Eat More. Be More.

Why I Started Crossfit

Over the next few weeks, I’ll be sharing some of the reasons why I WOD. Here is the first installment:


Flickr image by Adrià Ariste Santacreu

Am I Doing This?

Before getting started I was worried about some physical problems from being so out of shape and if I’d be able to handle the workouts, but I also figured getting in shape was the only way my issues were going to get any better. So I lied, and said I wouldn’t quit. The reality is I had no idea if I’d be able to stick with it. But I was tired of being out of shape and struggling to find clothes that fit.

Day One

That is how long it took for me to get hooked. You don’t just jump into classes in Crossfit. You have to go to a couple of training sessions with a coach to learn the movements, terminology, and assess your level of fitness and skill (or lack thereof in my case). Some boxes (CF calls their gym a box) call the class On Ramp. My box calls it Elements. It’s a two-day boot camp designed to kill you, or so it seemed at the time.

I was told we’d go through movements and do a workout. I did enough air squats that I couldn’t walk right for days. Every muscle in my body hurt. And I liked it. I knew that this would get me in shape. But that isn’t what hooked me. It happened during the 400 meter run.

If you ever saw me running in the past, there was either a food truck ahead of me, or zombies behind me. In college I learned to fight because I knew there was no way I was going to run if I ever got into a bad situation. I hate it that much.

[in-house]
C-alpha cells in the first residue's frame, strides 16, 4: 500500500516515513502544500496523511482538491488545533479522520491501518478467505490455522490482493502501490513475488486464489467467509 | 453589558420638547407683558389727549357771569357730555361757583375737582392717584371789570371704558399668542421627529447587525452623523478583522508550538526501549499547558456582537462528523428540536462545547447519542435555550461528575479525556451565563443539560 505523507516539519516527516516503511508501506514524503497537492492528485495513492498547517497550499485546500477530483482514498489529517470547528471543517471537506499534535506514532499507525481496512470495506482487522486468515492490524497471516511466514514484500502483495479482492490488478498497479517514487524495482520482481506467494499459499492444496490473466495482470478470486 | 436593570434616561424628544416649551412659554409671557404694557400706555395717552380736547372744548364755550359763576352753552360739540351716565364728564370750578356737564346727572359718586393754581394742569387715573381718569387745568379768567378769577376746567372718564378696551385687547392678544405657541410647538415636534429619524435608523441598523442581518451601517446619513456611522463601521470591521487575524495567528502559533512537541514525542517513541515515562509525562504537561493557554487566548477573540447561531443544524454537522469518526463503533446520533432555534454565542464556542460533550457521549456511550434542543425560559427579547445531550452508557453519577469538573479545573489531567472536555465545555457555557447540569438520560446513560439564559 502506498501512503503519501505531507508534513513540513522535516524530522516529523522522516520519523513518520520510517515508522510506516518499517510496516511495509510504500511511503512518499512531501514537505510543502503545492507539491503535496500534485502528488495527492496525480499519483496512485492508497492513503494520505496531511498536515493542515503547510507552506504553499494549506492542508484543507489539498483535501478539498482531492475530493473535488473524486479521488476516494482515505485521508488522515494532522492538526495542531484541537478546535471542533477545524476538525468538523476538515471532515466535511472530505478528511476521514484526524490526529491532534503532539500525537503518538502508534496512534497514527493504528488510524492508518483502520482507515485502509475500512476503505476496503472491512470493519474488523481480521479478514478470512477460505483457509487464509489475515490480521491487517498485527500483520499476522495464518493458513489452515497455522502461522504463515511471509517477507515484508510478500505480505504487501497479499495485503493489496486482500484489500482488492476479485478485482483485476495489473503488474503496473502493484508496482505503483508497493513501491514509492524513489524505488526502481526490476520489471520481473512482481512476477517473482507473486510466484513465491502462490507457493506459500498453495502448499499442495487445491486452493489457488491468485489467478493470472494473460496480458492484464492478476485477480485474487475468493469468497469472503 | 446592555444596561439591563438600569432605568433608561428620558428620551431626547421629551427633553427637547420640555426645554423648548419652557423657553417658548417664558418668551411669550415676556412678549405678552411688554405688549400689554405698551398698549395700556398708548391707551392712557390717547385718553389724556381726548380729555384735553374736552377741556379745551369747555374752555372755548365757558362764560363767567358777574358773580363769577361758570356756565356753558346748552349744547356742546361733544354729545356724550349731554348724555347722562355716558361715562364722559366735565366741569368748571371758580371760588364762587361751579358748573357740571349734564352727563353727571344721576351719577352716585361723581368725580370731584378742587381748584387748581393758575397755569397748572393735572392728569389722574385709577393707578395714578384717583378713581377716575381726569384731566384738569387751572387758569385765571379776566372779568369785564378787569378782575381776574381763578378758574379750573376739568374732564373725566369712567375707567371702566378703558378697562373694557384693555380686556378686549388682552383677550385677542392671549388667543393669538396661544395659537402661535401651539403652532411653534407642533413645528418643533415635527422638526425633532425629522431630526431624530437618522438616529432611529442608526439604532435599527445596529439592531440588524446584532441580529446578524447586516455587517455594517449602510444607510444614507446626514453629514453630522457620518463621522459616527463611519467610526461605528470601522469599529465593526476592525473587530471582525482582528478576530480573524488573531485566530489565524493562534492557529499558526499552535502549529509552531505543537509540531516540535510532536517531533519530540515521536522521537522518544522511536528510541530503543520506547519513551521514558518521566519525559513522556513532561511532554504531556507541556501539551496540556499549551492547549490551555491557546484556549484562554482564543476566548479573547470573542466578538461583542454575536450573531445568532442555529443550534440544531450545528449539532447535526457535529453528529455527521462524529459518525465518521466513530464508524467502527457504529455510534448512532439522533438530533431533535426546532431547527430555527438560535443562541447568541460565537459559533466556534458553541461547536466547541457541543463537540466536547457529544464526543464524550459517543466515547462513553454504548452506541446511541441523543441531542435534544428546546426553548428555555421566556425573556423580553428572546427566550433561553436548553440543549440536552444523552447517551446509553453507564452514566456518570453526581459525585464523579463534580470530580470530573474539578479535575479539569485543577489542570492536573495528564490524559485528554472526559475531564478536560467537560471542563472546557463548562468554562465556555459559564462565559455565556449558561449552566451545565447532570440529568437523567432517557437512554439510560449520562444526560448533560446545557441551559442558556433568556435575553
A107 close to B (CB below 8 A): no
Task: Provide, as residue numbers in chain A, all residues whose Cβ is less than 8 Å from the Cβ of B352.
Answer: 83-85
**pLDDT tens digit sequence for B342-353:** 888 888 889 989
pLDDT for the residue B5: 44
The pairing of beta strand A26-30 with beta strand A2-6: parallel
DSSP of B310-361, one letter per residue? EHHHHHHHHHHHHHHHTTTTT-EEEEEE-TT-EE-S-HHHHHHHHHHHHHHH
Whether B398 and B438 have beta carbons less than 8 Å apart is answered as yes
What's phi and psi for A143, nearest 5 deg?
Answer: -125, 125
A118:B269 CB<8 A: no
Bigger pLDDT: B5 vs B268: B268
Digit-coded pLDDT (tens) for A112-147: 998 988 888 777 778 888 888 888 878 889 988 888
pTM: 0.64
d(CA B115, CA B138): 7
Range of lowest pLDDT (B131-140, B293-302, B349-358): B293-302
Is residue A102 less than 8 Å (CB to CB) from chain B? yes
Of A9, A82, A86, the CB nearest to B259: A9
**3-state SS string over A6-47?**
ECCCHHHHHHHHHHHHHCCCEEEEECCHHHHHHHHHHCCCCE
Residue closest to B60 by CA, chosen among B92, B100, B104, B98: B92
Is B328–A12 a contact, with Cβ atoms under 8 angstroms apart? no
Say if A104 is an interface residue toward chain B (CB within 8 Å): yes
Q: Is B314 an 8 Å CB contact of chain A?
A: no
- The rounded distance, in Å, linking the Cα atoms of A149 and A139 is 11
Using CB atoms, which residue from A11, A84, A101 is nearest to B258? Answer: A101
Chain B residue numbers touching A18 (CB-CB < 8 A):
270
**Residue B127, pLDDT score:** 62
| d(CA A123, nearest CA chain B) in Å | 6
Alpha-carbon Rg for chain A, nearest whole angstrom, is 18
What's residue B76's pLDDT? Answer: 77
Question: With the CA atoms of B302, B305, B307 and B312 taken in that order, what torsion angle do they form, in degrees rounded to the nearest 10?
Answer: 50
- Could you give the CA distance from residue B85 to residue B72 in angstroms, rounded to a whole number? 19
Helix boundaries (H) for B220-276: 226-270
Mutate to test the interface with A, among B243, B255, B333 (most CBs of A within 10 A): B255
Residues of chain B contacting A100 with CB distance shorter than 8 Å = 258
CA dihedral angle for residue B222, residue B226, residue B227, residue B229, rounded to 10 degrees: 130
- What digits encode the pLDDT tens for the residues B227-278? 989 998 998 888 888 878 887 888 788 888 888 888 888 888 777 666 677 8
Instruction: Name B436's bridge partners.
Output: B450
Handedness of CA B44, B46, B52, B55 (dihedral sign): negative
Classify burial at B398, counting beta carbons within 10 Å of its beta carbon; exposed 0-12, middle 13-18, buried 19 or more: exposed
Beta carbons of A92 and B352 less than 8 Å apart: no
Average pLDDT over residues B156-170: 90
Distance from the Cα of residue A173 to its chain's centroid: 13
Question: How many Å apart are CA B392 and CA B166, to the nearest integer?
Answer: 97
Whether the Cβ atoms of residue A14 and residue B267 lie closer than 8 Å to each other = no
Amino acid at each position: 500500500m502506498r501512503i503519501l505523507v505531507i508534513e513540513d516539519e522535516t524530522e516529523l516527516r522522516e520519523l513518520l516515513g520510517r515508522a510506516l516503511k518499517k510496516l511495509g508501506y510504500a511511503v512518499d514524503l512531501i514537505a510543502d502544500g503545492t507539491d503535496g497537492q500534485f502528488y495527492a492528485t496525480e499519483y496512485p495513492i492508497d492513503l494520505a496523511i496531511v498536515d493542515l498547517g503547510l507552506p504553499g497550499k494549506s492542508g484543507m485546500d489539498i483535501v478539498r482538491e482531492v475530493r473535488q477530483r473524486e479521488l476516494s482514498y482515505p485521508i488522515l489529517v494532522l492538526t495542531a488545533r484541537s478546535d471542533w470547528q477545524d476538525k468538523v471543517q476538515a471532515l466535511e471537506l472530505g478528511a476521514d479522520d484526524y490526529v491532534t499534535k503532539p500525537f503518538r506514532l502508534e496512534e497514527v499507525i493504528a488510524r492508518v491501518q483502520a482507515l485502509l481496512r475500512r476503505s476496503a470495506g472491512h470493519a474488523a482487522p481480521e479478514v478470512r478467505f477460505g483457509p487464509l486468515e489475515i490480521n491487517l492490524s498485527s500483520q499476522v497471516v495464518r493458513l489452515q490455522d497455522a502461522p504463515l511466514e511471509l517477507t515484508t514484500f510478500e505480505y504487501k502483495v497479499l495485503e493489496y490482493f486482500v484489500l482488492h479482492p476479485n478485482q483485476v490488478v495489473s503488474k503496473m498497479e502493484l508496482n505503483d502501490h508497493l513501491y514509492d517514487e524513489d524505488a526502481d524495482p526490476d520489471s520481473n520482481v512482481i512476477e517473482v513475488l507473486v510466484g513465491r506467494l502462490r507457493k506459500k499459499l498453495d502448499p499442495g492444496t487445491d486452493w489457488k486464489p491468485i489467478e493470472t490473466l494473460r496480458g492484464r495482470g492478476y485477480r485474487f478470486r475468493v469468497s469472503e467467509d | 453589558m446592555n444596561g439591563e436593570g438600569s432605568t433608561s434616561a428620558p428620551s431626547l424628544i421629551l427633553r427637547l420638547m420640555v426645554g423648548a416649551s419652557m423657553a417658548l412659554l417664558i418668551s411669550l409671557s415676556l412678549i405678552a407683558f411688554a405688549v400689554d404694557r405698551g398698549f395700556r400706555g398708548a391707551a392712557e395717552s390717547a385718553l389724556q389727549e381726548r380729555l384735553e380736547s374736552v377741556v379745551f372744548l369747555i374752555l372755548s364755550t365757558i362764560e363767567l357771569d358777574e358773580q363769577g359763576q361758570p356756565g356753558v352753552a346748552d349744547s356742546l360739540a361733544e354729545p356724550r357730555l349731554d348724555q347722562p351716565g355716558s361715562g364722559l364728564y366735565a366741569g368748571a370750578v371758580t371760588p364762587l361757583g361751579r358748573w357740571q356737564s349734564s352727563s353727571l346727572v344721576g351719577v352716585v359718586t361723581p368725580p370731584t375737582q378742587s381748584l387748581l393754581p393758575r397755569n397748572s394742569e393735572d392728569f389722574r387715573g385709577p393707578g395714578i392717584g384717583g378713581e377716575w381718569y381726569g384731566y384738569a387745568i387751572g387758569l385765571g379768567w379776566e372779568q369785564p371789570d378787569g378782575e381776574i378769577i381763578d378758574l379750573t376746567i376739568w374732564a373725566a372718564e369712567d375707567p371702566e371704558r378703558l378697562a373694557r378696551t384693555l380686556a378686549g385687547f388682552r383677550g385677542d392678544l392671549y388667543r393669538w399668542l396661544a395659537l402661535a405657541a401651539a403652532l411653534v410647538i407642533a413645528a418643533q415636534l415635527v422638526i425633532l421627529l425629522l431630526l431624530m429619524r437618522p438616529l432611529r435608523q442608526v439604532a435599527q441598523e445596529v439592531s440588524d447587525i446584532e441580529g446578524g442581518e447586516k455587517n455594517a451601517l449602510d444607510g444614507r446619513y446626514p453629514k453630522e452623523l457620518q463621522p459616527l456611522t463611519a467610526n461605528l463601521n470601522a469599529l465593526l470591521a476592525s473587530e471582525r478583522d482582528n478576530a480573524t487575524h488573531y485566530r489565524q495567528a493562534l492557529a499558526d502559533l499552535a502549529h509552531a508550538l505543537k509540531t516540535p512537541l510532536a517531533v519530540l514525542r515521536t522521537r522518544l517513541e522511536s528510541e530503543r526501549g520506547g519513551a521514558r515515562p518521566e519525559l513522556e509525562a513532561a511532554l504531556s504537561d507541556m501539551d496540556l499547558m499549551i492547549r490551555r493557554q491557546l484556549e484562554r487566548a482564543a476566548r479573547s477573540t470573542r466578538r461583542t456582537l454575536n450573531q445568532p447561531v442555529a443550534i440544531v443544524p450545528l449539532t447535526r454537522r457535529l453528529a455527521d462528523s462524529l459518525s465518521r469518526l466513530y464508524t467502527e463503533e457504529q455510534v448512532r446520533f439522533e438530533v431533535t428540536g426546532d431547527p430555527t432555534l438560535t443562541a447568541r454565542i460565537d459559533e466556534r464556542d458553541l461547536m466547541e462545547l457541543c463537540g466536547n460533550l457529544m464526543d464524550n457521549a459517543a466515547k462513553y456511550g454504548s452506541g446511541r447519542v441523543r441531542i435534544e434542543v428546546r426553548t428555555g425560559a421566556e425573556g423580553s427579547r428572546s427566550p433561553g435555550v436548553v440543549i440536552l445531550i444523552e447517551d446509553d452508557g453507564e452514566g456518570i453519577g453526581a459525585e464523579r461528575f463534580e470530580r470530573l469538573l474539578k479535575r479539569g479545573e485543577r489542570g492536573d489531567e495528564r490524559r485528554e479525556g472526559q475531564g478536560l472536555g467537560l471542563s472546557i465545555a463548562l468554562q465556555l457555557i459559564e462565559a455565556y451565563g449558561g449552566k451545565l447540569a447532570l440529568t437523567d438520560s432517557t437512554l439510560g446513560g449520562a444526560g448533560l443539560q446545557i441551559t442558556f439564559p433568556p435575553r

My run went well for about the first 20 meters. Then I started to suffer. I couldn’t breathe. My shins started to hurt. I was winded beyond belief. Every time a foot hit the ground I felt my fat drop like someone was throwing cement bags on me.

I think I made it 50 meters before I had to walk. Then I walked 20 meters, jogged 20 meters, walked 30, etc. I don’t think the coach really believed how out of shape I was until she saw me run. Here’s where it got interesting.

Coach to the Rescue

When she saw how much trouble I was having, my coach came out to meet me. She gave me specific distances to walk, then run. She coached me through more of that run than I ever would have thought I was capable of. When my mind said quit, she showed me that my body could do more. I was exhausted when I got back, but I knew this environment could push me past my mental barriers and self-imposed limitations.

The Fight Continues

I still fight this on a daily basis, but I’m getting better. When I want to stop I ask myself if it’s because I can’t go on or because I don’t want to. I try not to give up until I give out. I haven’t chased away all the demons, but I’m to the point where I can look them in the eye.

I still hate running. When I started, I couldn’t make a lap around the building. A couple of months in and I made all six laps during the workout. Not much longer and I completed my first 400m run without stopping. I still struggle, but I’ve made a lot of improvement. My next goal is an unbroken mile run. I just wish I wasn’t gearing up for it just as summer in Texas is about to hit us!